[Personal reflection by: Eoin Murray]
Jaber is a Palestinian refugee, in the Gaza Strip and one of the most truly remarkable people I have ever encountered. I first got to know him in 2004 when I moved to Gaza. His story, in many ways, is a typical Palestinian one. His mother and father were refugees from Palestine, fleeing in the 1948 war. Jaber was educated in the refugee camps, after his graduation, he worked as a physics teacher of physics teacher in Cairo. He later became active in leftist political struggles in both Palestine and Egypt. His interest in politics led, during the first intifada, to choosing the path of violent resistance to the Israeli occupation. One particular incident he was involved in resulted in the death of an Israeli soldier – Jaber and members of his brigade were imprisoned. He ended up serving 15 years.
During his time in prison he endured horrific torture of the physical and psychological kind. Yet, it was during this time of incredible difficulty, of separation from his wife and two baby daughters Fidaa and Haneen, that he began to reconsider his life and the best possible way to achieve freedom for his people. While in prison, he worked as the prison librarian; also as an educated man he spoke both Hebrew and English and he became a go-between for passing information from the outside world to the other prisoners and also dealings with the prison guards. Jaber also recounted his prison experience and how it helped to shape his view about the world.
According to him, when he was seriously sick and needed urgent treatment in the prison hospital. He was taken presented to the doctor in handcuffs, behind his back. The nurse, attempting to examine him but unable because the handcuffs were a serious barrier, insisted the handcuffs be taken off. The Doctor refused. Speaking in Hebrew, which they did not know Jaber also spoke, they had a conversation where the doctor said “this man is a terrorist, he can not be uncuffed.” The nurse responded by saying “he may be a terrorist but he is also a human being and we must treat him firstly as a human being.” This was a very significant moments that re-shaped Jaber’s view of the concept of humanity and dignity. He understood that here was a nurse, speaking in Hebrew, the language of his oppressor, arguing for his humanity.
Like a thunderclap Jaber began to understand the transcendental nature of the human idea; he searched for answers and found them in the doctrine of universal rights of all women and men. When he left prison and rejoined his daughters in their teens he had already decided to dedicate his life to working for human rights. He has done this since 1997 as Deputy Director of Palestinian Centre for Human Rights.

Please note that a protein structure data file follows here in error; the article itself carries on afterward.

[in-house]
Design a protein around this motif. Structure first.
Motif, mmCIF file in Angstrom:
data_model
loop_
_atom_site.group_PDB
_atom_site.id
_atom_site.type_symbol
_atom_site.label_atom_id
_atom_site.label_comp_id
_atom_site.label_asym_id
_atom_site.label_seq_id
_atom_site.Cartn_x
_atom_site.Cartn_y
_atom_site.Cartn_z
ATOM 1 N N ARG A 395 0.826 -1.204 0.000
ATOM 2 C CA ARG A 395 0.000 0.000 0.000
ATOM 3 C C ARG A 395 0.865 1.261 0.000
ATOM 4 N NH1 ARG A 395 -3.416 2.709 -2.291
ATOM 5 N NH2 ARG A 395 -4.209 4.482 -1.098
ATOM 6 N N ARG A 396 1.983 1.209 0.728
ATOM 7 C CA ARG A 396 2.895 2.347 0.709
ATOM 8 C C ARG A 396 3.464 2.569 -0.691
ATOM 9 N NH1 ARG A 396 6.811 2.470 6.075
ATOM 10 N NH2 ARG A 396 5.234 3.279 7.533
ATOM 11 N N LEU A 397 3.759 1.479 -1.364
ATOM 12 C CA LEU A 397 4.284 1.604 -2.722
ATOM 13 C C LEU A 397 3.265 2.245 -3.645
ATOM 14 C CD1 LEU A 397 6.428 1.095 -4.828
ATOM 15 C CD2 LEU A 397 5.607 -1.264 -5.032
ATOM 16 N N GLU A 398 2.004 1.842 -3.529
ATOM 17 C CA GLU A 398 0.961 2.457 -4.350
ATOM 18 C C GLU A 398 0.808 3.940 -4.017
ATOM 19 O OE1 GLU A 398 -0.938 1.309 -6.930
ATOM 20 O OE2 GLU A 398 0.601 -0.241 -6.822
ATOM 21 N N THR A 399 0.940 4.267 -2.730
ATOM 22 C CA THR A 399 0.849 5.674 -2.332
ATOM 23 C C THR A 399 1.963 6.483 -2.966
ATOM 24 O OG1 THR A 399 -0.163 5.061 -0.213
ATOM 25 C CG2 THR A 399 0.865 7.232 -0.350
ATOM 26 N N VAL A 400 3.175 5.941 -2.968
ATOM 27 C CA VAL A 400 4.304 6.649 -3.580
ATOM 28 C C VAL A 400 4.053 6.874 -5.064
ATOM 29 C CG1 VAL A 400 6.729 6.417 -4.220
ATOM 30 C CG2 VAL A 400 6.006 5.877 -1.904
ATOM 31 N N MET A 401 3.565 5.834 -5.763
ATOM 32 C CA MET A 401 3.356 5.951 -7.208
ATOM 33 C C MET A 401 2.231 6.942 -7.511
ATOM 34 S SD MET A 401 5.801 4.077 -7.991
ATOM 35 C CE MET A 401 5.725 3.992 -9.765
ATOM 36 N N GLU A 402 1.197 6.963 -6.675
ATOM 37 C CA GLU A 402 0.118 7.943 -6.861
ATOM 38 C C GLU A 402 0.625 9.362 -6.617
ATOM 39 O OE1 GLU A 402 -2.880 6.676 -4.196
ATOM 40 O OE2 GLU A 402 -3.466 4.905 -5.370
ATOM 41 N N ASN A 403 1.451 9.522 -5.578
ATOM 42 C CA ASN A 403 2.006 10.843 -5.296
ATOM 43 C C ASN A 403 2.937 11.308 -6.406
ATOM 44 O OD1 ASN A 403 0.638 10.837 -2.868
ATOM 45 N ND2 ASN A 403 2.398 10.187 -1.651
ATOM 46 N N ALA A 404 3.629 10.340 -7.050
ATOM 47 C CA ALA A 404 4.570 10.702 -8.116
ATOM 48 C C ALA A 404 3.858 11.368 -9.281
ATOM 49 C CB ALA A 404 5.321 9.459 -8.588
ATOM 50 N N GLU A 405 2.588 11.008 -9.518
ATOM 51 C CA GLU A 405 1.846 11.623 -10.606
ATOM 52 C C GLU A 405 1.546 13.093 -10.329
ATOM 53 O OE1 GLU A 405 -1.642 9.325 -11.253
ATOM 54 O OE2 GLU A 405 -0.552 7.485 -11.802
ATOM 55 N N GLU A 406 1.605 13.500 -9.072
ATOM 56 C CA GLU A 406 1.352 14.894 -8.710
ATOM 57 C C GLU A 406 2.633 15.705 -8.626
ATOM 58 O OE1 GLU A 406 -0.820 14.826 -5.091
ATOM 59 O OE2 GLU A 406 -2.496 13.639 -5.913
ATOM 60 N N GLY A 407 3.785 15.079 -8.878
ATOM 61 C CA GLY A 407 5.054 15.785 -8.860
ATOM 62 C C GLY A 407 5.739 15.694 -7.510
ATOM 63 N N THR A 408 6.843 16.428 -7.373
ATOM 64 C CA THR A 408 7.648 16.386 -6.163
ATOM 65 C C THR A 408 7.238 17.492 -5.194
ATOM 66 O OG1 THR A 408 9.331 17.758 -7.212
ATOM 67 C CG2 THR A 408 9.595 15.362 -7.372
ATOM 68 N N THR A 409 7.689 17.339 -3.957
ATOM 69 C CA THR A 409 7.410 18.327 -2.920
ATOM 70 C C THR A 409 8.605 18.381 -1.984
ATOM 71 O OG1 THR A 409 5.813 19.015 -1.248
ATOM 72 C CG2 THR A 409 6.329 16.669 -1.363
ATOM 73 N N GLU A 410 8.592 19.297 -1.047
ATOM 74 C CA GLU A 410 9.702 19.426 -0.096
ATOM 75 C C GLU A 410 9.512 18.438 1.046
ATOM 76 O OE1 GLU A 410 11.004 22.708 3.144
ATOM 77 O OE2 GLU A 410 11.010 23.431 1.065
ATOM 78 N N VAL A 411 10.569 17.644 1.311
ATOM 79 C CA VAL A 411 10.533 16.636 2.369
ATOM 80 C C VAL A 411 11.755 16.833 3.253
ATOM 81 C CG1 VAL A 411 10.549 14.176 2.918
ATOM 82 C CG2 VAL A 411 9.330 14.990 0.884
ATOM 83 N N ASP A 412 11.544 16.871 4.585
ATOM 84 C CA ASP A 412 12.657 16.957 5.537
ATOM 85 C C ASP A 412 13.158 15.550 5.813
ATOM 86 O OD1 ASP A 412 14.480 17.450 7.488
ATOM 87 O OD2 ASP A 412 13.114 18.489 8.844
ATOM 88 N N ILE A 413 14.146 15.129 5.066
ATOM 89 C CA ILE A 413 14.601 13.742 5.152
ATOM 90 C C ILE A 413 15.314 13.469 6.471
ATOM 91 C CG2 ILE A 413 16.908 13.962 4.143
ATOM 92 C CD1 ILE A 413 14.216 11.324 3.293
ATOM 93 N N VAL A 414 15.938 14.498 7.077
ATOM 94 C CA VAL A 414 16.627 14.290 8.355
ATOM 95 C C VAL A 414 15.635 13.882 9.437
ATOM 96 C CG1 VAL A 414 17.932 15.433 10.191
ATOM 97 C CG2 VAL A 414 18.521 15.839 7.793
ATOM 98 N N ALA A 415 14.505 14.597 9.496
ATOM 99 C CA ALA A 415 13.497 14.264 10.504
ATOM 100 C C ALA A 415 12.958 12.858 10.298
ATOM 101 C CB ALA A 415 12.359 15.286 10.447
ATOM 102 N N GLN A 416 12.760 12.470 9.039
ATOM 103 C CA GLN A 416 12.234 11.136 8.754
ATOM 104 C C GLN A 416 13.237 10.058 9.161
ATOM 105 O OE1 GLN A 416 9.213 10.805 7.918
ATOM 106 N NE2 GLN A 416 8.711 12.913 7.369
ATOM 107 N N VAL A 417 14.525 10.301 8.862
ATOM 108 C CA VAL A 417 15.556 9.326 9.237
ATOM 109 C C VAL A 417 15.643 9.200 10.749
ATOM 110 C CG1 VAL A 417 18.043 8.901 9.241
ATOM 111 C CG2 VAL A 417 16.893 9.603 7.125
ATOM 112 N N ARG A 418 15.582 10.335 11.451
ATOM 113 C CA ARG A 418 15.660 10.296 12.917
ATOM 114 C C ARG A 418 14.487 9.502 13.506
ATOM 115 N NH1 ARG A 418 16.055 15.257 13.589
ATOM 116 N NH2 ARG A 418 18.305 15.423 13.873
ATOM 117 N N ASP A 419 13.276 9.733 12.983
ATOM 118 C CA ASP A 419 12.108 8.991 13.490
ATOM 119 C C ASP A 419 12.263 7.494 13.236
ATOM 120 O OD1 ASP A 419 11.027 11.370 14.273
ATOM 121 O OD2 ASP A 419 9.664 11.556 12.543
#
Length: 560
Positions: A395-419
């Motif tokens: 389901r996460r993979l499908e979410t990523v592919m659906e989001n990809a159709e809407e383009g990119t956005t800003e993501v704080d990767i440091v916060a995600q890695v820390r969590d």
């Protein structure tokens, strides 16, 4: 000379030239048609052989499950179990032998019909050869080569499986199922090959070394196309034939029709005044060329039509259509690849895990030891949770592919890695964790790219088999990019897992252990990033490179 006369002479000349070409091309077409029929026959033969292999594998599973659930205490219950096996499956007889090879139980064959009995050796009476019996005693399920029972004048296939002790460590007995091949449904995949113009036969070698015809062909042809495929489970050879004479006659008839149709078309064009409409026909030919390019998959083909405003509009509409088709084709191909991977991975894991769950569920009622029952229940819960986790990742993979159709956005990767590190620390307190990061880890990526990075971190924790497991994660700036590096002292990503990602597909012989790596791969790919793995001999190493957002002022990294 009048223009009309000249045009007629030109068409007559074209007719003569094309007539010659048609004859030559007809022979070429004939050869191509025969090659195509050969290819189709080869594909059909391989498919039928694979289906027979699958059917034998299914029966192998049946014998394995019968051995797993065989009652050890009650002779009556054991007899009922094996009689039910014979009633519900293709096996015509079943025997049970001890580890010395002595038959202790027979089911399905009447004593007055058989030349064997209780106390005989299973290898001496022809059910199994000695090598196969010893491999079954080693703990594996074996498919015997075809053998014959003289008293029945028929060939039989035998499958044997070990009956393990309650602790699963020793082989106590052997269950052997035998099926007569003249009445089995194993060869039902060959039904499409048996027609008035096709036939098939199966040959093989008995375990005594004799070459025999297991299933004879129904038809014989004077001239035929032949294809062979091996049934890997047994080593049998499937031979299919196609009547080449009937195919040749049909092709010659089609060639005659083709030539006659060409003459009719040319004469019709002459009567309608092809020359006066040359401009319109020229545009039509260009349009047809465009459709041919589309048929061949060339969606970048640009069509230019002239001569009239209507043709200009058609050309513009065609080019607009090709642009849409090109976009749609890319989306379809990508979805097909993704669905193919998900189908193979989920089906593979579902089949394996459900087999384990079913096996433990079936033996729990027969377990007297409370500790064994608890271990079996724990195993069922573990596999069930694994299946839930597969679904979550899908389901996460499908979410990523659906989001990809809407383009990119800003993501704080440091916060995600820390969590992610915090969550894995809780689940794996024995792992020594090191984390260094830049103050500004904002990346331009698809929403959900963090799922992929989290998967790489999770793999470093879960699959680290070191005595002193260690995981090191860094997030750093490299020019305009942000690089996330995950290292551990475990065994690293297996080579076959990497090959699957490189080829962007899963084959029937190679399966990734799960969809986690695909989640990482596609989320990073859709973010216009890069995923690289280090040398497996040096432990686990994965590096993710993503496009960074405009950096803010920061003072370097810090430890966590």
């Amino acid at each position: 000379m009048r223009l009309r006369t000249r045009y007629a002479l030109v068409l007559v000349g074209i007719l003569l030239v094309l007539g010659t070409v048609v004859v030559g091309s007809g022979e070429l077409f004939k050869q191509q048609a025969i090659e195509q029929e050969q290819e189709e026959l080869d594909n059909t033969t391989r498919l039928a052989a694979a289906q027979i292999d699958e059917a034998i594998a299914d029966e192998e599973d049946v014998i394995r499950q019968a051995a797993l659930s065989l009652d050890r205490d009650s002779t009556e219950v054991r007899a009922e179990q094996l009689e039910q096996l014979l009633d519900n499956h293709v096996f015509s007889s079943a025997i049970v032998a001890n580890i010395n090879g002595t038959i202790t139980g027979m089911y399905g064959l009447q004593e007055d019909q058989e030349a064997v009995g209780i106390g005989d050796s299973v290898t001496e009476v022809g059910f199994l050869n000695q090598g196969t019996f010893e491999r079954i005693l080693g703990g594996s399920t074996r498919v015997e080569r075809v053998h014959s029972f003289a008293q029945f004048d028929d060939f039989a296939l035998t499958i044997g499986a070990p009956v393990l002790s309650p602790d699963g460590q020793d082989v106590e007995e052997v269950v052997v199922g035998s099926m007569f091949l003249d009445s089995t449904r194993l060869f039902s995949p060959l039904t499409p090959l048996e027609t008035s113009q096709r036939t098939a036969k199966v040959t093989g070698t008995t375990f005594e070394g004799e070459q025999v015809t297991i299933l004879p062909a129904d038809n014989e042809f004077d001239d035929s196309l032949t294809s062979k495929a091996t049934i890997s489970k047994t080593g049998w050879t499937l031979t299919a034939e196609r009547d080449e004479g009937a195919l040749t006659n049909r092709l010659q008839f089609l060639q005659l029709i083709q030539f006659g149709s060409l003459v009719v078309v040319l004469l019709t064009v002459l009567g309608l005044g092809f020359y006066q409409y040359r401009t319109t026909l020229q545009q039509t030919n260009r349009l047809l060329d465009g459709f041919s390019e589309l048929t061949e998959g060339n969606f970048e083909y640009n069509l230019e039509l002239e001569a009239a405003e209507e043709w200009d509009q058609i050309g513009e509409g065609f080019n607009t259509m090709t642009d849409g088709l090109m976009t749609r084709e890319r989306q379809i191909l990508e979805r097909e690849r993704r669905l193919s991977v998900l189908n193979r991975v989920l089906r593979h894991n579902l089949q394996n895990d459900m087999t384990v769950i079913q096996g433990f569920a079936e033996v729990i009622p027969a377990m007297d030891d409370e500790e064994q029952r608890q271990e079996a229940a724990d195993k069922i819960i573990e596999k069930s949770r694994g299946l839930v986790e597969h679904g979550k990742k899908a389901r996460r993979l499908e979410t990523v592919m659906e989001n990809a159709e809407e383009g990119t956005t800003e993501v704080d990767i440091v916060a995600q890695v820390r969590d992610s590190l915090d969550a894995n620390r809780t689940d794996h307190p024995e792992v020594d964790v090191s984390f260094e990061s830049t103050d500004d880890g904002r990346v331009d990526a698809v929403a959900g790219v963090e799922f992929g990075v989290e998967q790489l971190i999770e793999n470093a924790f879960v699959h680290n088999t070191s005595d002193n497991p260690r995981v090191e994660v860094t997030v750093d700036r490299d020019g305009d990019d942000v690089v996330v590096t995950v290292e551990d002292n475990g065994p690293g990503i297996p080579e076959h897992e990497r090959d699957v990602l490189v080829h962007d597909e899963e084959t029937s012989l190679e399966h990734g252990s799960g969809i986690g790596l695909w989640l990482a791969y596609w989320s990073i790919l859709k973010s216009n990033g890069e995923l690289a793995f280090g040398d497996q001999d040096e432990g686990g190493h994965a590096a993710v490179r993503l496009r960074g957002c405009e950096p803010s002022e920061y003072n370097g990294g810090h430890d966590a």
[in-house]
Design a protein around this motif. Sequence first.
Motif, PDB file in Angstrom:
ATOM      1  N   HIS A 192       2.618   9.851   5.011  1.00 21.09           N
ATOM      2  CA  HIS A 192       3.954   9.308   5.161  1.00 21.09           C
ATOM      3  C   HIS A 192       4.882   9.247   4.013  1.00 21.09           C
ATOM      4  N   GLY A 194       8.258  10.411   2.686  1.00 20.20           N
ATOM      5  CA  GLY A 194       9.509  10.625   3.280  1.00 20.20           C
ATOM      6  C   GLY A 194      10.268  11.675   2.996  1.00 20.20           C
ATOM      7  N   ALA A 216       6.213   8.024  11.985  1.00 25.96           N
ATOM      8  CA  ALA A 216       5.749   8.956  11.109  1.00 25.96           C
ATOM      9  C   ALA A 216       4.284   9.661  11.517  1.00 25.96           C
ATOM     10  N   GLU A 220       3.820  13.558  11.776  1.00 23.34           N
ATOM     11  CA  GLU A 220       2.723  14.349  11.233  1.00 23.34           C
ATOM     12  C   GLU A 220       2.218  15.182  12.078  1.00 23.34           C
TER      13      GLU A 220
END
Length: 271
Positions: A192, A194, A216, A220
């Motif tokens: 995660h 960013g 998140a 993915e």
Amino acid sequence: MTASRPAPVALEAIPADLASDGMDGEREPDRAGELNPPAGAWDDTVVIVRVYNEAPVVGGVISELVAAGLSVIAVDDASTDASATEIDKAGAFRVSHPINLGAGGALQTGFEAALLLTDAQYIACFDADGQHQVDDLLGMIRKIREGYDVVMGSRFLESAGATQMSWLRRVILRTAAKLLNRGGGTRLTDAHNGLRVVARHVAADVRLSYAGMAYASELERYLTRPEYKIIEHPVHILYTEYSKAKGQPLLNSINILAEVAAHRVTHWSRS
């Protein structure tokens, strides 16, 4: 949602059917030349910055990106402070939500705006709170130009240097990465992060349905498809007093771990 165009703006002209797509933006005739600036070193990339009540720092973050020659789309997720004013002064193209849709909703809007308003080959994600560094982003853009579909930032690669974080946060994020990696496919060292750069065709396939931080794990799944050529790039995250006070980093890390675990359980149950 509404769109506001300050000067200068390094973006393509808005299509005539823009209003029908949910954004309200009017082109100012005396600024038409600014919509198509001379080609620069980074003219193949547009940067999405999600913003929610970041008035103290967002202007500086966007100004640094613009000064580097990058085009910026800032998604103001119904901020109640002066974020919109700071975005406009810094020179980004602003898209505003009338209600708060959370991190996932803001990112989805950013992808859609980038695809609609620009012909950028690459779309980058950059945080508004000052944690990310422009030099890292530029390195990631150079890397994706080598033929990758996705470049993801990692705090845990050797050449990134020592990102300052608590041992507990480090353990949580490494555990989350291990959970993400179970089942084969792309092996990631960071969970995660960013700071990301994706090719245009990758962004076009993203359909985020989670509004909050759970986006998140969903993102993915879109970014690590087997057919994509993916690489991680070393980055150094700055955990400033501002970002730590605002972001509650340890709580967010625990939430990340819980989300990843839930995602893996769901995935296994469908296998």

If his story, so far, is more or less typically Palestinian why select Jaber? Here’s what I think marks him out:
- In prison he transformed himself, which is not such a typical response.
- He is now a sort of elder statesman on the issue of Palestinian prisoners and his example and leadership capacities are strong and he regularly appears on regional media like Al Jazeera.
- Indeed not only he, but his whole family, are involved in campaigning for the rights and well-being of prisoners. Ranking alongside Jaber for being truly remarkable is his mother who established a small group representing the mothers of prisoners in the Gaza Strip. She is known as the “mother of all the prisoners” for her tireless visits to other prisoners on the days when she was not allowed to see Jaber.
- During the last elections to the Palestinian Legislative Council Jaber ran as a non-party independent candidate. He was not elected, at a time of a Hamas landslide (particularly in Gaza). But his capacity to be involved in governance issues is significant, particularly in the issue of prisoner’s affairs if there is some change to the political stagnation in the Palestinian body politic. In the meantime through his work on democratic development in PCHR he influences governance by being a strong and independent civil society voice.
- Jaber is warm, friendly and full of love. Always with a delighted smile to see you, never a cross word and always a welcome to his office, home or family farm. Time is never an issue for him any more because he savours every moment. In any group setting his hearty laugh, combined with a thoughtful and gentle style will work wonders for the development of something magical.
See the link below for more Information:
Jaber Wishah shows the world that you do not have to be born into the right conditions to become a leader of love and forgiveness. He came from circumstances where it would have been easy for him to seek violence, hatred and revenge. He was a refugee; he was a prisoner; and he was caught up in the middle of one of the most violent conflicts of our time. Despite his circumstances, he has chosen non-violence, love, and forgiveness.
From Wishah’s story and from the examples of other ex-political prisoners who now seek love and forgiveness, we learn that it is not the circumstances that make the leader, but rather the choice. The choice to choose humanity, the choice to recognize the other as a human being, and the choice to love and forgive rather than to seek hatred and vengeance..